Then I got very focused on imaging because we could study the brain of real people with more opportunity for experiment than we could with brain tissue. CT scans translated into more functional studies, because the problem with the CT is that it doesn’t tell you why the brain is not working right or what the nature of the problem is. CT scans identify that the brain may not be absolutely normal in its structure, but it doesn’t go beyond that. So we started doing early PET scans with glucose, and developed our own regional cerebral blood flow system. I was very interested in the early work being done in London by Richard Frackowiak on C-11 water and I couldn’t get anybody at the NIH interested in cerebral blood flow because they were so stuck on the 2-deoxyglucose method discovered by Lou Sokoloff at the NIMH and its evolution into the FDG PET technique. And they didn’t have capacity to make the postitron emiting water at the time. So we developed our own cerebral blood flow system at St. Elizabeths, which was a radioactive xenon based system. It was not topographic. It was cortical only, and it was like the most Rube Goldbergesque contraption you ever saw. I don’t know if you ever saw it, Steve, the old blood flow system. It was bizarre. I had thirty two Geiger counters on top of the head that were basically sodium iodide crystals hich recorded the emission of photons. And we had people breathe radioactive xenon gas, which is a great blood flow radio tracer because it’s completely inert and totally diffusible. It is a true tracer of blood flow and you get highly quantitative measurements despite its low resolution. The most remarkable thing which I still don’t believe completely to this day, is that it worked! And it produced topographical maps of cortical activity, so you could have regional resolution better than an EEG and it was much more quantifiable as a pure metabolic signal.

The other seminal thing that happened to my thinking occurred after reading Joaquin’s Fuster’s book. It was in 1984, my parents lived in Fort Lauderdale at the time, and I was lying on a beach in Fort Lauderdale reading The Prefrontal Cortex; published in 1982. I can’t remember how I got interested in the frontal lobe but it was probably because of David Ingvar’s findings in his original rCBF study. I started reading this book and I thought this is highly relevant to schizophrenia. The problem I was preoccupied with even as a resident was these patients don’t function and can’t think ahead. The problem was they have poor judgment, don’t have insight, can’t anticipate their actions, can’t put sequences together, so they can’t plan adequately and can’t respond when things don’t go well, which are characteristics related to frontal lobe function. Now, with Ingvar’s data about hypofrontality in schizophrenia from cerebral blood flow studies I went to Allen Mirsky, who was head of neuropsychology at NIMH, and asked him for help in how to target frontal lobe function. I was thinking about the Starling heart experiments. I thought we could put a load on the pre-frontal cortex, because at the time people were only doing resting studies which seemed absurd to me because there was no way of knowing what a patient with schizophrenia and what someone who is not schizophrenic is doing during rest. It’s not that the resting data might not be meaningful, but you have no idea what it is telling you, because you really don’t know what their experience was at that time. I thought we had to do something to influence what they were doing during the procedure.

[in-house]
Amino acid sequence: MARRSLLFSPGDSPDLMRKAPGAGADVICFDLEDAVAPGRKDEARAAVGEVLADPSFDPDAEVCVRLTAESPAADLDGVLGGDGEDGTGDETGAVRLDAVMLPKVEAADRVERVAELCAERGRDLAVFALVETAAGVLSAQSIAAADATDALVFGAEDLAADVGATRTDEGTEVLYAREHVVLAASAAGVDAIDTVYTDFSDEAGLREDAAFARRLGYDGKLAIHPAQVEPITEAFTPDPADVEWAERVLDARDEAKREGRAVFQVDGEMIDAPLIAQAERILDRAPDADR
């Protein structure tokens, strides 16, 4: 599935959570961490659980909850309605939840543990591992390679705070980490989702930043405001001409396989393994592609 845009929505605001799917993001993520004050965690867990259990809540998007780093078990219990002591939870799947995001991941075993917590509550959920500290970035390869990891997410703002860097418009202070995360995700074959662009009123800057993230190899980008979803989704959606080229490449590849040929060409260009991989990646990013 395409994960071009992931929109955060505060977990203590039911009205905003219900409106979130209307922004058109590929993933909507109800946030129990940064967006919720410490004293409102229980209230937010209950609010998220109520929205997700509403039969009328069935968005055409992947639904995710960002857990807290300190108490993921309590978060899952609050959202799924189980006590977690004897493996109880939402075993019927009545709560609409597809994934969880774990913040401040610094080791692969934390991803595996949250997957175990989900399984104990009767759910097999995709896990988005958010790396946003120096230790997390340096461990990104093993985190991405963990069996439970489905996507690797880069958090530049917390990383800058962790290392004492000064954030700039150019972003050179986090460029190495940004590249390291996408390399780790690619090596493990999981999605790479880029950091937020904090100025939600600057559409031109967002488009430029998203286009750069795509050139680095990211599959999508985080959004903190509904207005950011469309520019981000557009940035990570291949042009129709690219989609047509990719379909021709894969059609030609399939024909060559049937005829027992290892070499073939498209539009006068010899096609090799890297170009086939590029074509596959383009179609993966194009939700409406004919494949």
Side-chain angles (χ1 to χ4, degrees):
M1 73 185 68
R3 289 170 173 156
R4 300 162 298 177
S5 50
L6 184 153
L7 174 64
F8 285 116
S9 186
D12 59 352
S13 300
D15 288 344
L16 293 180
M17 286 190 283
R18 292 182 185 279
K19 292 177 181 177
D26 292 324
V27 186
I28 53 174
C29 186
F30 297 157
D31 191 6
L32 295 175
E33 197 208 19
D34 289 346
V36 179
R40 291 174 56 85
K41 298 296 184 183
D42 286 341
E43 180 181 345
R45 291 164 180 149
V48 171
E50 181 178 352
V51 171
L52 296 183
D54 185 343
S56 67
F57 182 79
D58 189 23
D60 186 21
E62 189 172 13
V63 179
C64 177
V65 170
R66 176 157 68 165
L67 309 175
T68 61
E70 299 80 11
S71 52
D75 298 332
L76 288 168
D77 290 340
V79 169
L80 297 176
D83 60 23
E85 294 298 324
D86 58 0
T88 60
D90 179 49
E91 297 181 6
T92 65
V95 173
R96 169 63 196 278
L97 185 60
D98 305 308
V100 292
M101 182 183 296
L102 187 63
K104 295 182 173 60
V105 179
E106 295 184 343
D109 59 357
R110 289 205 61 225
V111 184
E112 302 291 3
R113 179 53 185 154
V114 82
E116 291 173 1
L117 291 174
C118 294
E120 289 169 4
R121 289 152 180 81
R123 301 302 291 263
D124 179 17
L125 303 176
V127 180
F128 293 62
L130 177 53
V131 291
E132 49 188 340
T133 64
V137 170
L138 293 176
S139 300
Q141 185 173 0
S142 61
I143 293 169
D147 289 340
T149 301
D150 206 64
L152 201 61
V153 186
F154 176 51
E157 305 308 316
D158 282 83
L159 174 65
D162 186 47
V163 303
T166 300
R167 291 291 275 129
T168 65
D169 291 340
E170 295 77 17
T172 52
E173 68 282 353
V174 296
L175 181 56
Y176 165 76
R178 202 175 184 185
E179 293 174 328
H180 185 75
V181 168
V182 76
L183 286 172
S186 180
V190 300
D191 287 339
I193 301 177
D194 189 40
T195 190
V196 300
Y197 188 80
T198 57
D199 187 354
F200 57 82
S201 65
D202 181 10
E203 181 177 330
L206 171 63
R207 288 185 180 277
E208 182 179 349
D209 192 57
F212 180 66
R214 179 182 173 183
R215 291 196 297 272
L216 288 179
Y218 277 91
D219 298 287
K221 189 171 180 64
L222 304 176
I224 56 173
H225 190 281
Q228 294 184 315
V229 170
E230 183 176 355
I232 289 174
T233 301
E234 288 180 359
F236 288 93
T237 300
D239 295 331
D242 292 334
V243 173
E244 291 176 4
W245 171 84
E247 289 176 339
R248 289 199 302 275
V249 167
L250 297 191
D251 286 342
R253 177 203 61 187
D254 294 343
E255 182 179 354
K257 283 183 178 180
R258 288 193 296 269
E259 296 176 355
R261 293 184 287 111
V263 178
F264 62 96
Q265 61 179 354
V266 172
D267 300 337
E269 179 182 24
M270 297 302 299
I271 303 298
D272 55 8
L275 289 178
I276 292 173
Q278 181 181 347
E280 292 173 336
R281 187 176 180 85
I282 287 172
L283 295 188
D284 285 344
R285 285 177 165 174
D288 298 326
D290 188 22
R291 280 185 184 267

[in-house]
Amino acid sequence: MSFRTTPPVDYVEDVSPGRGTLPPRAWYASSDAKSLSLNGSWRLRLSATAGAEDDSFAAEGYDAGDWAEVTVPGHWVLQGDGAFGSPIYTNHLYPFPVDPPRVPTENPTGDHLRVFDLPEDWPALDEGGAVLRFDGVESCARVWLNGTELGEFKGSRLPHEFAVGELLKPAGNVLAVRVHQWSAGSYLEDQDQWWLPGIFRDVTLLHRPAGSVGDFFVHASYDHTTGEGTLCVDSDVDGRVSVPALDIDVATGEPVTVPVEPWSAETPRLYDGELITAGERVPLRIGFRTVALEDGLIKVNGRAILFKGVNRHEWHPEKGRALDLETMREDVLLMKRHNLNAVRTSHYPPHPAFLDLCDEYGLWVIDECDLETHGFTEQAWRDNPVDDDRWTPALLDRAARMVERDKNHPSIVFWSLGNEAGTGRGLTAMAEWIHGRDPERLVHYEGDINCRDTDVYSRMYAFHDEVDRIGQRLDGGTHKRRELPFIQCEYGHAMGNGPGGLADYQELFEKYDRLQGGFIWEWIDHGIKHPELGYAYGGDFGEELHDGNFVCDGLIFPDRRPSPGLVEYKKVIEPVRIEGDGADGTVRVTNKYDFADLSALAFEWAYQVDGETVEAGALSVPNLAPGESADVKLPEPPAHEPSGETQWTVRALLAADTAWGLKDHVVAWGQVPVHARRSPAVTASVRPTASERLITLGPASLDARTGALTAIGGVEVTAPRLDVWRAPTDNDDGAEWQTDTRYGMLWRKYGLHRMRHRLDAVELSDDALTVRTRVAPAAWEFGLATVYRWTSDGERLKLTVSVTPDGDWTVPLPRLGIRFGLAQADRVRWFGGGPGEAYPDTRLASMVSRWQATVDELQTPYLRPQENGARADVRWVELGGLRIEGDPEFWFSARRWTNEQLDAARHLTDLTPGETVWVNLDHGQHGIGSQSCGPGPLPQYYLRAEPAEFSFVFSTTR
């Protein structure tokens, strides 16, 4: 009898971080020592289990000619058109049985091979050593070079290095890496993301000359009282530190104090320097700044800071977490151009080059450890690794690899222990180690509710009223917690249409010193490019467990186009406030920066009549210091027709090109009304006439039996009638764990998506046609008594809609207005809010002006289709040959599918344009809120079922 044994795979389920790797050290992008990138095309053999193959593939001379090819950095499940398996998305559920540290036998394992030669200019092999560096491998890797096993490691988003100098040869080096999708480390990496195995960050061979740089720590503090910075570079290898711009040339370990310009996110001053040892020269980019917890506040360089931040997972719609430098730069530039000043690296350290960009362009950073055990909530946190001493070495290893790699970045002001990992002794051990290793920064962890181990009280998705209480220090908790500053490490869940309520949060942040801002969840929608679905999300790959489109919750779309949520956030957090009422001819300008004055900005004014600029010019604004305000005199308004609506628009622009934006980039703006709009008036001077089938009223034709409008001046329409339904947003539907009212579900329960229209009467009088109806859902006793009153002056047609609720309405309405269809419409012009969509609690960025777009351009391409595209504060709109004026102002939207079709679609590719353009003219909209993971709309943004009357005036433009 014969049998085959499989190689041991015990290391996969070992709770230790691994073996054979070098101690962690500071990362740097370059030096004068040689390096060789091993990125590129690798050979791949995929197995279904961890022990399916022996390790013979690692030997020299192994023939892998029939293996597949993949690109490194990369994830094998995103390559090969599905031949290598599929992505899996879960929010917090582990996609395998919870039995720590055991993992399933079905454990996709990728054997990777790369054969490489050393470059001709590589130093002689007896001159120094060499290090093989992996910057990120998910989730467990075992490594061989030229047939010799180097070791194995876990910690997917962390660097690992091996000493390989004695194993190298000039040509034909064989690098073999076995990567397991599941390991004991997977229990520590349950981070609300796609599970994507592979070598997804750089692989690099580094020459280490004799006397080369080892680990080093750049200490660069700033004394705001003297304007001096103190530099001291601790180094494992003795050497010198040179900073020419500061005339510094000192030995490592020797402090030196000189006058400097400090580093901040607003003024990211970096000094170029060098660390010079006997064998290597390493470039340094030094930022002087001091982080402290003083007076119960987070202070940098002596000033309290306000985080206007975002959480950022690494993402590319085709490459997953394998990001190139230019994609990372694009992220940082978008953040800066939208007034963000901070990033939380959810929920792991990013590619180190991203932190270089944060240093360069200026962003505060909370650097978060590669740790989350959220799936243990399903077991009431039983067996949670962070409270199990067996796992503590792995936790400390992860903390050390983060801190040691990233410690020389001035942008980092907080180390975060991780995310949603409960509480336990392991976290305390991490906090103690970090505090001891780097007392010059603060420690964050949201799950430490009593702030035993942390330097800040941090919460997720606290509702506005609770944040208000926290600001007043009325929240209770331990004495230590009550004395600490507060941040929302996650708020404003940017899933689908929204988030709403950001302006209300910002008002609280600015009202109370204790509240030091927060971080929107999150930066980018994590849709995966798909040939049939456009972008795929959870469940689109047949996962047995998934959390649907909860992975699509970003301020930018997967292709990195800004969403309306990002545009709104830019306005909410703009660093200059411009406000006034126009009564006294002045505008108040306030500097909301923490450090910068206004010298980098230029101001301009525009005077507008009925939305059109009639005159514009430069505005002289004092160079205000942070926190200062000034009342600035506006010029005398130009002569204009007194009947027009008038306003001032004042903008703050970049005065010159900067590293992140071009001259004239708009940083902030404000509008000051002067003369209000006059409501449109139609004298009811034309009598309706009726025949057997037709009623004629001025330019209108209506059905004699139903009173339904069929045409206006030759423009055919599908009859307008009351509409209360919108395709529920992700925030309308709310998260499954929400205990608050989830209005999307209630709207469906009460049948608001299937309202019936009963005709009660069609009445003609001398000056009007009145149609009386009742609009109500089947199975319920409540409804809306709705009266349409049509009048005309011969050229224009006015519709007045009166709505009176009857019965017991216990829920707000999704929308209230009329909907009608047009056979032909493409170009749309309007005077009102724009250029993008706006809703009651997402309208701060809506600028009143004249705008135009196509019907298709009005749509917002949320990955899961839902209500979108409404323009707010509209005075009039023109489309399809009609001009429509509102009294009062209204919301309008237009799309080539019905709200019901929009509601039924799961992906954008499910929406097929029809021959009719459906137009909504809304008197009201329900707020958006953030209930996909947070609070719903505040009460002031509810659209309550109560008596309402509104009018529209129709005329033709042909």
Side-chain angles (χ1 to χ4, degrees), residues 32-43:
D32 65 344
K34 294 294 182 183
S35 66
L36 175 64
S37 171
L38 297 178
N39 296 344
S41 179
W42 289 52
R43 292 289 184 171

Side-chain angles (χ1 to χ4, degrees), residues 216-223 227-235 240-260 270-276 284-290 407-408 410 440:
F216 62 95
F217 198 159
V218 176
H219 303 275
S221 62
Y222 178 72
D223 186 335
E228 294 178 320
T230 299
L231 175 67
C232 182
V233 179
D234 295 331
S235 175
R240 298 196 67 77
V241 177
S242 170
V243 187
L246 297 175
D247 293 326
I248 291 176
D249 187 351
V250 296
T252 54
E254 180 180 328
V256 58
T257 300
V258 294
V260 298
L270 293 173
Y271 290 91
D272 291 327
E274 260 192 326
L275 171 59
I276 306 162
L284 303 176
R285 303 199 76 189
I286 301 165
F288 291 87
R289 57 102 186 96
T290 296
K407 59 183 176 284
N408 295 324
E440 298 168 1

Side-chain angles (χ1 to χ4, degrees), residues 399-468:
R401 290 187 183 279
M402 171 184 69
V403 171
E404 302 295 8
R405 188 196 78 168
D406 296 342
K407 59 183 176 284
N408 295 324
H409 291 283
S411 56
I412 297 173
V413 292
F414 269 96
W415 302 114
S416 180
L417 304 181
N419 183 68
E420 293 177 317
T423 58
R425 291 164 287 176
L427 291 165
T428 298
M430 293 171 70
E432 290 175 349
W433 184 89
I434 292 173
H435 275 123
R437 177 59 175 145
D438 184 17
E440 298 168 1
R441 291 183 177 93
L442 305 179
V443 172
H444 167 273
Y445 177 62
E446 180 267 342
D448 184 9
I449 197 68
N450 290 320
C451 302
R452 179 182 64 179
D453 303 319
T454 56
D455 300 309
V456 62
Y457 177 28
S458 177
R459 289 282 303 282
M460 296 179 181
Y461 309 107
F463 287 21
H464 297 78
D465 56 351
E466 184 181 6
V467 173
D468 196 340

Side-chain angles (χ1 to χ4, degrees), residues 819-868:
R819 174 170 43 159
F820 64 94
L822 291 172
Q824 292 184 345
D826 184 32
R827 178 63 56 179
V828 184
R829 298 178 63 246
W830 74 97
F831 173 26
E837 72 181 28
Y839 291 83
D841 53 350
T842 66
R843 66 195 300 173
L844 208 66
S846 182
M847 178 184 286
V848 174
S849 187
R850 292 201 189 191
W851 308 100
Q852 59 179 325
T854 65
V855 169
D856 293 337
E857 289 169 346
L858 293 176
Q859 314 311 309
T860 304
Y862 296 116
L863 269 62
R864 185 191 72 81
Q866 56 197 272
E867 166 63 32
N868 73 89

I asked Allan Mirsky what we can do to turn on the frontal lobe, and he said there is the Wisconsin Card Sorting Test. I recruited Karen Berman, who was a Fellow under me at the time to help me work on this, and we automated the test. It was a slide show, because there were no computers then. We had a slide show using a sensory motor control task by pressing a button. This was four years before anybody in Saint Louis or anywhere else had done an activation study of cognitive processing using the subtraction method. We did not consider this approach a great neuroscience advance, but it seemed appropriate for seeing how the frontal lobe was doing when it was working. So we administered the Wisconsin Card Sorting Test and it lit up the frontal lobe, which blew my mind. It was another fact that our machine actually worked, which was inconceivable. The machine was made by Harshaw Chemicals, who also made all those sodium iodine crystals. I remember flying out to Harshaw Chemicals in Ohio. I was very close to the salesman, because they had sold only two or three of these instruments before in their whole lifetime. Anyway, it worked, and we did patients with schizophrenia and confirmed Ingvar’s studies, which was that the frontal lobe did not show normal engagement during the Wisconsin Card Sorting Test. Ultimately we moved into other areas of imaging as MRI came around. With MRI the image got much more sophisticated, although I have to say that while we have much more sophisticated paradigms and we can now, with fMRI, dissect at a much more elementary level the cognitive components of functional deficits in patients, we are basically finding much the same story as back in the mid-1980s, namely that patients with schizophrenia have problems engaging certain critical cognitive neurocircuits related to frontal lobe function.